0445 | ADMT III: The Acceptance World | Anthony Powell


I felt this was the strongest volume so far of Powell’s 12-volume Dance to the Music of Time. Things seemed to have bedded into a nice rhythm as the characters reach maturity and start to develop their own adult approaches to life.

Widmerpool becomes even more enigmatic and is the centre of a quite bizarre episode at a school reunion. Stringham seems to have let himself go a bit… I’m not sure now that he’s going to last the entire novel. But in terms of plot, the key episode centres around Nick finding his feet in a relationship that the observant would have seen coming from volume 1.

It wasn’t only the characters that I found more mature; Powell seems to have hit his literary stride as the writing reaches a tempo evenly balanced between plot and reflection. This book served up more quotes that I thought were memorable (below) than the first two volumes combined. And look at this for a description of, not the Great Depression, but the current economic crisis:

I put it to you that certain persons, who should perhaps have known better, have been responsible for unhappy, indeed catastrophic capital movements through a reckless and inadmissible lending policy.’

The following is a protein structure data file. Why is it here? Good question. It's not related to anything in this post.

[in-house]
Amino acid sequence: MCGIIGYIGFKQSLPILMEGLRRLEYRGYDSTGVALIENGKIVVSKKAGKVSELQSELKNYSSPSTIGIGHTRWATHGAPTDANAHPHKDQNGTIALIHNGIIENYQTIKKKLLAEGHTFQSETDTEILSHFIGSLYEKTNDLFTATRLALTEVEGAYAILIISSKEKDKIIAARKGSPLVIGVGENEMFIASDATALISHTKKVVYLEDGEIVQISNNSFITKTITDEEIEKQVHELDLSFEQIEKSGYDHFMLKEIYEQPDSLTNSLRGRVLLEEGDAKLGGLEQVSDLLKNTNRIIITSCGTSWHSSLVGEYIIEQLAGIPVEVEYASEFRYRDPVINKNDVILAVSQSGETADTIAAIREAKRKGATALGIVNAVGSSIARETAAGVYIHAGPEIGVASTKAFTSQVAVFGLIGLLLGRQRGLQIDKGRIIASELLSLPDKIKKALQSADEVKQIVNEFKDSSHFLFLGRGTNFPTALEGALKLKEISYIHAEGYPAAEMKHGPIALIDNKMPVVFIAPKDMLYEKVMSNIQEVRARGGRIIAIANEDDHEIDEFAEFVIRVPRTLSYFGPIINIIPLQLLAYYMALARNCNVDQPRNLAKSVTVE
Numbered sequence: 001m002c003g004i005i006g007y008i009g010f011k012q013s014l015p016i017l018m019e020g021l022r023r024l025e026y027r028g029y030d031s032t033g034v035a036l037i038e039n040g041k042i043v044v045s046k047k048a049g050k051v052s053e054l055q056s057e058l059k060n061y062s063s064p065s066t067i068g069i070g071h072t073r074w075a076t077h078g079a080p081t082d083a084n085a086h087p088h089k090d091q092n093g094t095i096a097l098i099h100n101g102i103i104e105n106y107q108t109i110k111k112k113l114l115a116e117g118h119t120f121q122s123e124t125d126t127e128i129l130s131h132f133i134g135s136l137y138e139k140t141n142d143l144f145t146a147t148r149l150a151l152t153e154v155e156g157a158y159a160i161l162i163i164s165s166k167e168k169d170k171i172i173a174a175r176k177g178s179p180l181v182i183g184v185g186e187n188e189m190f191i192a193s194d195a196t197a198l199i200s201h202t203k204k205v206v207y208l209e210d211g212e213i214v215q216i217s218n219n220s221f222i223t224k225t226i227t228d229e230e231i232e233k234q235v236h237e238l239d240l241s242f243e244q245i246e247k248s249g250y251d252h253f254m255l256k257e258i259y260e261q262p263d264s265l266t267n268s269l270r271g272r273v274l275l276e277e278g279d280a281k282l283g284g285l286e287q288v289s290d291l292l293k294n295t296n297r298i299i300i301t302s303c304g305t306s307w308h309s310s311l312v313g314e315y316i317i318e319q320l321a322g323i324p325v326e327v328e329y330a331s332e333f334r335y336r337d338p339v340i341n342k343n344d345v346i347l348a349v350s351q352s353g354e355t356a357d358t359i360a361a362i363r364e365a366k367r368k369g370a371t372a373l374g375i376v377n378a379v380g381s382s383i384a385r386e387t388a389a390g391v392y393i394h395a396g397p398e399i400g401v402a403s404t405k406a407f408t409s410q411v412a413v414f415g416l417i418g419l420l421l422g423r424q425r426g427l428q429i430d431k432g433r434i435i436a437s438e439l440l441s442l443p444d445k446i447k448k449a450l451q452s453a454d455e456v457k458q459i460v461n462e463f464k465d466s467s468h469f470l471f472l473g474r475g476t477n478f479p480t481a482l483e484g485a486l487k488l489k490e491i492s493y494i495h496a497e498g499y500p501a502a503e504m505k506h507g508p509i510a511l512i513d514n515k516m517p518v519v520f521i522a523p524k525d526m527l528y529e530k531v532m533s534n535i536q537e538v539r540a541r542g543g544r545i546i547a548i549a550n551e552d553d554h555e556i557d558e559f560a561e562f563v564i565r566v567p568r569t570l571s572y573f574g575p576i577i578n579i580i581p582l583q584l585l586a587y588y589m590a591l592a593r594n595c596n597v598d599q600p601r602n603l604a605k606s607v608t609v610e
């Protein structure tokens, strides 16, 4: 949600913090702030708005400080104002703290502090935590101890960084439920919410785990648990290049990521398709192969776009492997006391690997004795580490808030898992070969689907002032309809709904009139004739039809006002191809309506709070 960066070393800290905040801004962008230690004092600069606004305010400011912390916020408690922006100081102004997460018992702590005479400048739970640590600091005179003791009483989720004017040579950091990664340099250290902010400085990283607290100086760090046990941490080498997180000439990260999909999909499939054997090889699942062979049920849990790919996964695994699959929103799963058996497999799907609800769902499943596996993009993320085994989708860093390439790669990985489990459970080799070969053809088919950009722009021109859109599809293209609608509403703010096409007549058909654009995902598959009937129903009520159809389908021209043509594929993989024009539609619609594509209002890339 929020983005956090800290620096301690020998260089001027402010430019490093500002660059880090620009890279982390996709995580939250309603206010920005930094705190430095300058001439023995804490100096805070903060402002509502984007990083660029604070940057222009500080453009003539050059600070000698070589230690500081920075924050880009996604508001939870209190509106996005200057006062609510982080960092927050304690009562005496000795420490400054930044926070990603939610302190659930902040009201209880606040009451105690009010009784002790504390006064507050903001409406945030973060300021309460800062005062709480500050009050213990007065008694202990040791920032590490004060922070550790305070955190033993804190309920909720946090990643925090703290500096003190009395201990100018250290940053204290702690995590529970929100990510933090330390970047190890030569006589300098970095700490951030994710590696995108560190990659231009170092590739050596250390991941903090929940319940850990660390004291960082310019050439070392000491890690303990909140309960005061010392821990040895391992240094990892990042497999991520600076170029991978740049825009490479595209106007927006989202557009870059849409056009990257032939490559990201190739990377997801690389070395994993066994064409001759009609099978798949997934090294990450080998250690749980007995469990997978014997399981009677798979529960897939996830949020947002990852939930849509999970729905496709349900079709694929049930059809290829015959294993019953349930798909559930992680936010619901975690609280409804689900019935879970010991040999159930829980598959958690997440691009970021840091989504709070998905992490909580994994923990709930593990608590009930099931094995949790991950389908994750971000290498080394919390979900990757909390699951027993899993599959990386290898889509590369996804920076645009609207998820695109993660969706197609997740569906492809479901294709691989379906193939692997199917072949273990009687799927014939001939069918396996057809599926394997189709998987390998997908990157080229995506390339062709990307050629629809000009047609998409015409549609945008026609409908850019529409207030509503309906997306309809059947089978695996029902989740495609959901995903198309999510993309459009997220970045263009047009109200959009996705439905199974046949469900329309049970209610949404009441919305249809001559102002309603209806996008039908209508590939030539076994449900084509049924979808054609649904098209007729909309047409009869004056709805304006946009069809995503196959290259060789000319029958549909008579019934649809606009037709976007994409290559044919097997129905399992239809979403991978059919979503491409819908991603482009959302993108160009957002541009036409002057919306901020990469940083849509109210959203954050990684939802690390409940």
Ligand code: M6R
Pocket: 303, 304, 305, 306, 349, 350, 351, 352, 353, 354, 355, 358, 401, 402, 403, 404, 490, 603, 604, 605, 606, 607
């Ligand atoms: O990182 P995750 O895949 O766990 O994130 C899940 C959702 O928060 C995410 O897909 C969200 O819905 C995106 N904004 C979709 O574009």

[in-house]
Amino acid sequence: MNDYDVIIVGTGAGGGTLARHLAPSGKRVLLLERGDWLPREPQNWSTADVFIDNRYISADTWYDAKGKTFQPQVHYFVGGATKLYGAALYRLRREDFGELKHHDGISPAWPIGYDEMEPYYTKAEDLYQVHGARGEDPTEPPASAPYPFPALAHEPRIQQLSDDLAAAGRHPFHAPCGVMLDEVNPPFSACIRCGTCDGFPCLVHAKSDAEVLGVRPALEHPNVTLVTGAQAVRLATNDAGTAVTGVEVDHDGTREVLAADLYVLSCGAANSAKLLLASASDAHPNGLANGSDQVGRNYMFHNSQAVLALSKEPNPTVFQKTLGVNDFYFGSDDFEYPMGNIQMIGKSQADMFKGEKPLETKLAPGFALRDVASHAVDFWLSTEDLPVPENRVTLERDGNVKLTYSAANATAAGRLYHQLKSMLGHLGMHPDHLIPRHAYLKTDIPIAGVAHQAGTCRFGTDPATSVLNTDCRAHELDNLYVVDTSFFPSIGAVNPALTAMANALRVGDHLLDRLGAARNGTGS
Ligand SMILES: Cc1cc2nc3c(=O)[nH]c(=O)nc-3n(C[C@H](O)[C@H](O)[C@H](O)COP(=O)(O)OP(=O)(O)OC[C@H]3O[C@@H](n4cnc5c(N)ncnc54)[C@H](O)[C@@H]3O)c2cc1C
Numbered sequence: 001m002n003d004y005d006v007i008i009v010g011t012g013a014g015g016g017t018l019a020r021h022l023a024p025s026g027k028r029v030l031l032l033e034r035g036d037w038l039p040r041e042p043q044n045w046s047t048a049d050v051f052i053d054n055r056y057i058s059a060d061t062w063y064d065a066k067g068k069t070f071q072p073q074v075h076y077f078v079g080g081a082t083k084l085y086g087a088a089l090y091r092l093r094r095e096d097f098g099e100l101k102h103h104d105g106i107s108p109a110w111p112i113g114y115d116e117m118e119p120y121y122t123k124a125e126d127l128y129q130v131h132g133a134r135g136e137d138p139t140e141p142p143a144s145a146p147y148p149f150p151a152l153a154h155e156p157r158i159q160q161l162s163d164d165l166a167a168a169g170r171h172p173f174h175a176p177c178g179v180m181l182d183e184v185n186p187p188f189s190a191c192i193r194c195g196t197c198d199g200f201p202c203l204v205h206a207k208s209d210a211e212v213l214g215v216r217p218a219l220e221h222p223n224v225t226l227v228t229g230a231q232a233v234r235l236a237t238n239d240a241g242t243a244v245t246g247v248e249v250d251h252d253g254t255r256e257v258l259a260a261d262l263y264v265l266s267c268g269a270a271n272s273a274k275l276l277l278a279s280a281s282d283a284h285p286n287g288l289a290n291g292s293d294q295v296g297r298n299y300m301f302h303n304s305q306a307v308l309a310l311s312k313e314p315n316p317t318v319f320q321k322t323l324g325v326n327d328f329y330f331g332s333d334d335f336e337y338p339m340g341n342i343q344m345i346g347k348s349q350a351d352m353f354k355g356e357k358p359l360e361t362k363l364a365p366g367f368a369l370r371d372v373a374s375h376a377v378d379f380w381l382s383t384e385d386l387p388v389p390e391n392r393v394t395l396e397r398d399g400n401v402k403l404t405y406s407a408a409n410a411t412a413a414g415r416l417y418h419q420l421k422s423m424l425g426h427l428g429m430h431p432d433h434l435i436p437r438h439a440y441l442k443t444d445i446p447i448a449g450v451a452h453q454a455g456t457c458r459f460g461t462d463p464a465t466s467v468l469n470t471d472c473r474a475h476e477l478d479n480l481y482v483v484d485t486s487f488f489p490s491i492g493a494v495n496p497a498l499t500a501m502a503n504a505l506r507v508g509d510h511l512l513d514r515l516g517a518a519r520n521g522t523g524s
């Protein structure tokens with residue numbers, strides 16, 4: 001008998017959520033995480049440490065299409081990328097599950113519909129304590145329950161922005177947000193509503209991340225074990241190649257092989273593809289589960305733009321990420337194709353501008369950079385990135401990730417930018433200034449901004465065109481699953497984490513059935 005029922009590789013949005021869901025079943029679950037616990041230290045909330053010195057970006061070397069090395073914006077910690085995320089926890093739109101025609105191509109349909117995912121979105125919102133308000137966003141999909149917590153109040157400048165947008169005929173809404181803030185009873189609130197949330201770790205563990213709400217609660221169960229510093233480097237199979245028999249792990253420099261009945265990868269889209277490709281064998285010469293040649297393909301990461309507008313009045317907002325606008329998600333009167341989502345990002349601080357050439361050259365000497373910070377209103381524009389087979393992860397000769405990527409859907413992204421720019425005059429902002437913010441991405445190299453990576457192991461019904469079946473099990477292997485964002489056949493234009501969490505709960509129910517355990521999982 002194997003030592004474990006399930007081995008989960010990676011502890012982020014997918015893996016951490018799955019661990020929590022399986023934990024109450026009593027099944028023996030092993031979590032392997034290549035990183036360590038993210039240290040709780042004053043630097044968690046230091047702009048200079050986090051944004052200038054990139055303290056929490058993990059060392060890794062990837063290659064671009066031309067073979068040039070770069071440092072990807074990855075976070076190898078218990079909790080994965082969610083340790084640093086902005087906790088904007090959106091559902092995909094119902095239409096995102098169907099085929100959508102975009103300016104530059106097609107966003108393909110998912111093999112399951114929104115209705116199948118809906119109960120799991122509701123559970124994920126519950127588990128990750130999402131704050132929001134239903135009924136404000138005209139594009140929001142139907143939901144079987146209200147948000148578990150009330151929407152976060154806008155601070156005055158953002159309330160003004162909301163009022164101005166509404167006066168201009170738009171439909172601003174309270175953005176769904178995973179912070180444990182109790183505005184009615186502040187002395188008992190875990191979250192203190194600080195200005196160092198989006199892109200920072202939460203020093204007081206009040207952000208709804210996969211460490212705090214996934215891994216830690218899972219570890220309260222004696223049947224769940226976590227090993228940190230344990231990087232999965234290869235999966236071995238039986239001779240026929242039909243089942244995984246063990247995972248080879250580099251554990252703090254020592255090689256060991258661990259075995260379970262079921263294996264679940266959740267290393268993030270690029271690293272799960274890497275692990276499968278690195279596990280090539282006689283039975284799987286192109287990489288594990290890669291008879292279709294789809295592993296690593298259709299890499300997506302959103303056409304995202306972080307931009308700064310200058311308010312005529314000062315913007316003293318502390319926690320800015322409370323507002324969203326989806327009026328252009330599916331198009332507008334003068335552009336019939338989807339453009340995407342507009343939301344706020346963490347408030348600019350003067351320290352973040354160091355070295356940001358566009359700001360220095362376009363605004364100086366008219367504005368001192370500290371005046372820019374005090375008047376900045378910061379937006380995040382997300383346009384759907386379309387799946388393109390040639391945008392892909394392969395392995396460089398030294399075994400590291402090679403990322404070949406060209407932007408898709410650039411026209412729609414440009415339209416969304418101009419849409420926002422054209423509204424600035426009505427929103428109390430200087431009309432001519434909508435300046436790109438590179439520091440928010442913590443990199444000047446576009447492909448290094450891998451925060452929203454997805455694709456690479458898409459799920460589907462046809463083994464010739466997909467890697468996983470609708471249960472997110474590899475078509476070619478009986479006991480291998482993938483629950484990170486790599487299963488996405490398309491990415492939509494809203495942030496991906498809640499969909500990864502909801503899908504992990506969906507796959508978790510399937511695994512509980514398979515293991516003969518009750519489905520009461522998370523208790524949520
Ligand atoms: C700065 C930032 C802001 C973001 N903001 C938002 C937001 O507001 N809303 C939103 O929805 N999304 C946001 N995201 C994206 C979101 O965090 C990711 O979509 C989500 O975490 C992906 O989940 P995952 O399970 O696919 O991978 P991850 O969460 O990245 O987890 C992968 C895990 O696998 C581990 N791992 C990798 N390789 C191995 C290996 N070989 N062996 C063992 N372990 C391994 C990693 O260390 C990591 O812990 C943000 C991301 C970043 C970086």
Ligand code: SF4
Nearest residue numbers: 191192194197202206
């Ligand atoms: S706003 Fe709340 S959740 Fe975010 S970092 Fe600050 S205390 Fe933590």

I’m very much looking forward to getting into volume 4 in April.


Once in a way, perhaps as often as every eighteen months, an invitation to Sunday afternoon tea at the Ufford would arrive on a postcard addressed in Uncle Giles’s neat, constricted handwriting.


This far into the book, some of the plot might be revealed. If you want to see the quote, click show


the four of us emerged to take up new positions in the formal dance with which human life is concerned

But descriptions of a woman’s outward appearance can hardly do more than echo the terms of a fashion paper. Their nature can be caught only in a refractive beam, as with light passing through water: the rays of character focused through the person with whom they are intimately associated. Perhaps, therefore, I alone was responsible for what she seemed she no doubt appeared—indeed, actually was—a different woman.

Women can be immensely obtuse about all kinds of things,’ Barnby was fond of saying, ‘but where the emotions are concerned their opinion is always worthy of consideration.’


This might reveal the ending. If you want to see the quote, click show

PROGRESS acceptancep
RATING I’ll not be rating each individual volume of the novel but will give the novel a rating after finishing volume 12.

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